Bobson Studio portrait. c1970.

Three months after the Mohanlall and Slabbert exhibition in Durban, a team of curators from Revue Noire, Pascal Martin Saint Léon, Jean Loup Pivin, Simon Njami, Frédérique Chapuis and Pierre-Laurent Sanner presented a much awaited project, eye Africa – African Photography 1840 – 1998 at multiple galleries and venues across Cape Town. They included Street Style & The Bobson Studio Portraits in their programme and it was exhibited at AREA Gallery. At the time I was the curator.

In January 2003 Mohanlall was fatally shot behind the counter he had stood for more than forty years. Two gun-armed youths escaped with ZAR 40 in cash.

Conclusion

The Bobson Studio Portraits represent a very specific response to photography. There was no coercing, these were paid-for images. Bobson’s young patrons are seen engaging stereotypical symbols such as power by posing with notes of money, or confidently projecting their urbanity by showing off wrist watches and boxes of cigarettes. The collection is region-specific. Yet, it also reflects a contemporary world, in which young city dwellers consciously mixed traditional beads and ceremonial outfits and items with the latest fashions. The photographer’s studio takes on the role of a theatrical stage, with draped curtains and pedestals with plastic flowers where young women felt safe to show off their beauty and pride, and young men confidently displayed their muscularity and masculinity.  

These photographs deserve to be studied, and preserved in public collections locally, and not only internationally as has been the case.

[1] From Remarks on South African Photography and the Extraphotographic, John Peffer, 2012. http://africultures.com/remarks-on-south-african-photography-and-the-extraphotographic-11101/

[2] Rotiography – photography done to earn your bread (roti) with no claim to authorship as creators. The image is the property of the client who posed and paid for it.

Selected Sources

Bobson Portraits. 2001. Exhibition catalog published by Studio d’Arte Raffaelli, Trento, Italy. Text by Heidi Erdmann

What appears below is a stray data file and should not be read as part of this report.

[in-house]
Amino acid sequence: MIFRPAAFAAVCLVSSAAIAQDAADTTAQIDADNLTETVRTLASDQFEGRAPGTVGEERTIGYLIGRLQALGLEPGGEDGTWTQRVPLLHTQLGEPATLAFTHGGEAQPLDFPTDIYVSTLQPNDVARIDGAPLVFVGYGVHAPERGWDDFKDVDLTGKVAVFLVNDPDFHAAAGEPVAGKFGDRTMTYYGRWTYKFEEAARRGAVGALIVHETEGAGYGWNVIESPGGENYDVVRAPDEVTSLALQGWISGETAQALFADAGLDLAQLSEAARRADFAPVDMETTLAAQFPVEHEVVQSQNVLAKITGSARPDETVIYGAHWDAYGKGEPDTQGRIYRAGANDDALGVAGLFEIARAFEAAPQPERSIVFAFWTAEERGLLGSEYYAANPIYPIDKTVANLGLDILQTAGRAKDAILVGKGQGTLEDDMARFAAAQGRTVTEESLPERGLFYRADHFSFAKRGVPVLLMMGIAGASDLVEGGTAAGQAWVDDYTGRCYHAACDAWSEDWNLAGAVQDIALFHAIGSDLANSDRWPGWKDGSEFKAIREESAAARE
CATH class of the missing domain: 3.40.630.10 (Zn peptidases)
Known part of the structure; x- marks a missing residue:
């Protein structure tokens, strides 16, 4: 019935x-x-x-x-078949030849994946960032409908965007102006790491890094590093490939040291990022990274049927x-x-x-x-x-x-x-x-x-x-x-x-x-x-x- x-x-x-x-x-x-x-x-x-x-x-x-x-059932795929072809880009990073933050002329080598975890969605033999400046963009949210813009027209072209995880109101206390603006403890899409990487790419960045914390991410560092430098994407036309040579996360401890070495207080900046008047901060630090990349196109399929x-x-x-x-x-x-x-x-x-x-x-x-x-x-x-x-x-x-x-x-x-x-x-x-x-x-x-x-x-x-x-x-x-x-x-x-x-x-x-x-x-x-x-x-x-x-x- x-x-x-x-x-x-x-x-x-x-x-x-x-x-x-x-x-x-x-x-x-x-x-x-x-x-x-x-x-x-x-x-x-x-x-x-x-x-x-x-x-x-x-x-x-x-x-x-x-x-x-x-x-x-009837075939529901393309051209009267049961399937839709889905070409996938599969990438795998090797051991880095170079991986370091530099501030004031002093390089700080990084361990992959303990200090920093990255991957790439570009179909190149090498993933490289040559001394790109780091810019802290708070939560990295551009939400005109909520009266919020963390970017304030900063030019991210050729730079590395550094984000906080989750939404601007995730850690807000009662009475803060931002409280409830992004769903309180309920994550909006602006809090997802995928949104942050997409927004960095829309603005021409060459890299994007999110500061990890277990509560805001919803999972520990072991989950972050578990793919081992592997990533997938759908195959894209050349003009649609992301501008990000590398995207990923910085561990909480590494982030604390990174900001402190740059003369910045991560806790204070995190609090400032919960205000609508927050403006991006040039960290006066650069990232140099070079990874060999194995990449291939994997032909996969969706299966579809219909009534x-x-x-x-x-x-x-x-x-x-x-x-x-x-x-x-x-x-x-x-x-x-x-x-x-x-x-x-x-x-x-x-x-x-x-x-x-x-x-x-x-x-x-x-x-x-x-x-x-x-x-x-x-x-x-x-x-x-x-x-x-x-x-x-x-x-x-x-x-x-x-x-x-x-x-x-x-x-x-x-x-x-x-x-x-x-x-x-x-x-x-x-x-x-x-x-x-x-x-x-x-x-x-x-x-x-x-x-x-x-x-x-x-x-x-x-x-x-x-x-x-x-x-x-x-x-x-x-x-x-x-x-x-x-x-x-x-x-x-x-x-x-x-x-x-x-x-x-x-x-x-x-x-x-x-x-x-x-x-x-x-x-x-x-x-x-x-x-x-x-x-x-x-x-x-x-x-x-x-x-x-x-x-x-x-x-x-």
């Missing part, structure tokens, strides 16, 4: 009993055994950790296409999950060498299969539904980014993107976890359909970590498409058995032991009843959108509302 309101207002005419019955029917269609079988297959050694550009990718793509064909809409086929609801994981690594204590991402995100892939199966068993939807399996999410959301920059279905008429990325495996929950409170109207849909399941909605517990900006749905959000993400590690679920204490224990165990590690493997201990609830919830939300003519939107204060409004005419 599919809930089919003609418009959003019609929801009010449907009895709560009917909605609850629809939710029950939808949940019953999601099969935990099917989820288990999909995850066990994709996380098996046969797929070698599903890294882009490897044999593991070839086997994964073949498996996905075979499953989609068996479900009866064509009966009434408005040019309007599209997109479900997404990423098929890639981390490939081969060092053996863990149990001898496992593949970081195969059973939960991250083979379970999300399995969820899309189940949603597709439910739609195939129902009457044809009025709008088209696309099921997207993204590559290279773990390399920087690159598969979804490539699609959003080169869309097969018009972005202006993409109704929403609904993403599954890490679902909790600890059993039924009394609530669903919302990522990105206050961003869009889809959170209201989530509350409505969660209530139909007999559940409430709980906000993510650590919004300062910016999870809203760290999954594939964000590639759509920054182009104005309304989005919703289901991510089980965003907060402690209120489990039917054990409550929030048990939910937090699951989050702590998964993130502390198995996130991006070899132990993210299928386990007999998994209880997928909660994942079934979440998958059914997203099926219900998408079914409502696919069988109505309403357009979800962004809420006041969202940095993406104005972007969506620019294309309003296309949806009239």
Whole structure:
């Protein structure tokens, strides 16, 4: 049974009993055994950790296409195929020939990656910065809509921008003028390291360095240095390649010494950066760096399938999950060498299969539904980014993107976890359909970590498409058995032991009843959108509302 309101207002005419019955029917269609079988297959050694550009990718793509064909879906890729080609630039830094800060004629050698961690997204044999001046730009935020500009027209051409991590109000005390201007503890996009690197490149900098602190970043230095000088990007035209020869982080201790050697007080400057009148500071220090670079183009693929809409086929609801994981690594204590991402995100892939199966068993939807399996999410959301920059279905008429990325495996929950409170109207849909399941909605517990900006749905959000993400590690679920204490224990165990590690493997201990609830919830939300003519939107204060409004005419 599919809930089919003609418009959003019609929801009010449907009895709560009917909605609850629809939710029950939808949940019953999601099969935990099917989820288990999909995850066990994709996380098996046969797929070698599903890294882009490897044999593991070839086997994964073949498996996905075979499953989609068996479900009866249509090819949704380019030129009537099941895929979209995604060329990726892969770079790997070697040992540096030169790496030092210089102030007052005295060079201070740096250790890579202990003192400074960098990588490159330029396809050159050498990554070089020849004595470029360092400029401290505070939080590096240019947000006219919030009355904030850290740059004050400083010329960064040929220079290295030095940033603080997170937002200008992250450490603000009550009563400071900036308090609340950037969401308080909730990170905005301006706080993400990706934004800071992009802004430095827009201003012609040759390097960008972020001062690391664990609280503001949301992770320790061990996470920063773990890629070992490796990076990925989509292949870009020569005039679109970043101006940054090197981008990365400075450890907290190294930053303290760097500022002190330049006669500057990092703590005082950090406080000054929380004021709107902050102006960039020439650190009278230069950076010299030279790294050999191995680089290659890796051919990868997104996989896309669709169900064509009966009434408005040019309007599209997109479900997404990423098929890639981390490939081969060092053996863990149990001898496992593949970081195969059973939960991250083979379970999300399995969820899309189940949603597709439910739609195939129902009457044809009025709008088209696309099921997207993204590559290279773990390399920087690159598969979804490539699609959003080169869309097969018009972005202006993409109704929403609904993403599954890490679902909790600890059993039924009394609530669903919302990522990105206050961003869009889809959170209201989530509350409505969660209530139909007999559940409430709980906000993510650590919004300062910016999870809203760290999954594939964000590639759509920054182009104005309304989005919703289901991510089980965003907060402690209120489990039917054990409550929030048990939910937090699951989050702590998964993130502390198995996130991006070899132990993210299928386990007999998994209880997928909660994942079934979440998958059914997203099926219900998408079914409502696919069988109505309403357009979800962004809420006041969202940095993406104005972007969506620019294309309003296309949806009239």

Eye Africa, African Photography 1840 – 1998. 1998. Exhibition catalog published by Revue Noire, Paris, France.

Photographes de Bamako. 1996, Editions Revue Noire, Collection Soleil, Revue Noire, Paris, France.

Street Dreams, Contemporary Indian Studio Photographs from the Satish Sharma Collection. 1997. Exhibition catalogue. Published by Booth-Clibborn Editions, London, UK.

Krouse, M. 2013. Thing of Beauty: The Black Photo Album, Mail & Guardian, 21 November 2013. https://mg.co.za/article/2013-11-21-confounding-expectations/

Martin, M. 2019. Between Dreams and Reality A History of the South African National Gallery, 1871 – 2017, 2019. Page 173.

Mofokeng, S. (1996). The Black Photo Album/Look at Me: 1890-1900s. Nka: Journal of Contemporary African Art 4, 54-57. https://www.muse.jhu.edu/article/422473.

Exhibitions, Publications & Collections

2015   The Other Camera,Commune. 1, Cape Town, South Africa

The Other Camera,Origins Museum, Johannesburg, South Africa

2014   The Other Camera, The Ethnographic Museum, Stockholm, Sweden

The Other Camera, Exposures, Halmstad, Sweden       

The Other Camera, Exposures, Saltsjöbaden, Sweden

Contemporary Art/South Africa, Yale University Art Gallery, New Haven, Connecticut, USA          

The Other Camera, University of Michigan, Institute for Humanities Gallery, Anne Arbor, Michigan, USA

Bobson Sukhdeo Mohanlall, Axis Gallery, New York, USA

2011   Darkroom: Photography and New Media in South Africa since 1950, Birmingham Museum of Art, Birmingham, USA

Figures & Fictions: Contemporary South African Photography, Victoria & Albert Museum, London. Tamar Garb. Steidl, 2011.

2010   Darkroom: Photography and New Media in South Africa since 1950, Virginia Museum of Arts, Richmond, USA

2004   In the Studio: Portrait Photographs from Africa, Newark Museum, New Jersey, USA.

2002   Passport to South Africa, Contemporary South African Art, Trevi Cultural Center, Bolzano, Italy

2001   Bobson Portraits, Studio d’Arte Raffaelli, Trento, Italy

Zulu, Axis Gallery, New York

2000   Bob Bobson & Jackson Nkumanda, Centro Culturale Paggeria, Sassuolo, Italy

1999   Towards-Transit: new visual languages in South Africa. Serge Ziegler Galerie, Zürich, presented by Pro Helvetia, Arts Council of Switzerland

Bobson Portraits, South African Embassy, Accra, Ghana

1998   eye Africa: African photographs 1840-1998, AREA Gallery, Cape Town.

L’Afrique Pare Elle-Même, Maison Européenne de la Photograhie, Paris, France.

Street Style & The Bobson Studio Portraits, NSA Gallery, Durban, South Africa

 Publications

Bob Bobson & Jackson Nkumanda, 2000. Published in Italy. (Italian only).

Bobson Portraits, 2001, Published in English and Italian. Essay by Heidi Erdmann

Collections

Bates College Museum of Art, Lewiston, USA

Metropolitan Museum of Art, New York, USA

Newark Museum, Newark, USA

South African National Gallery, Cape Town, SA

Compiled by Heidi Erdmann February 2020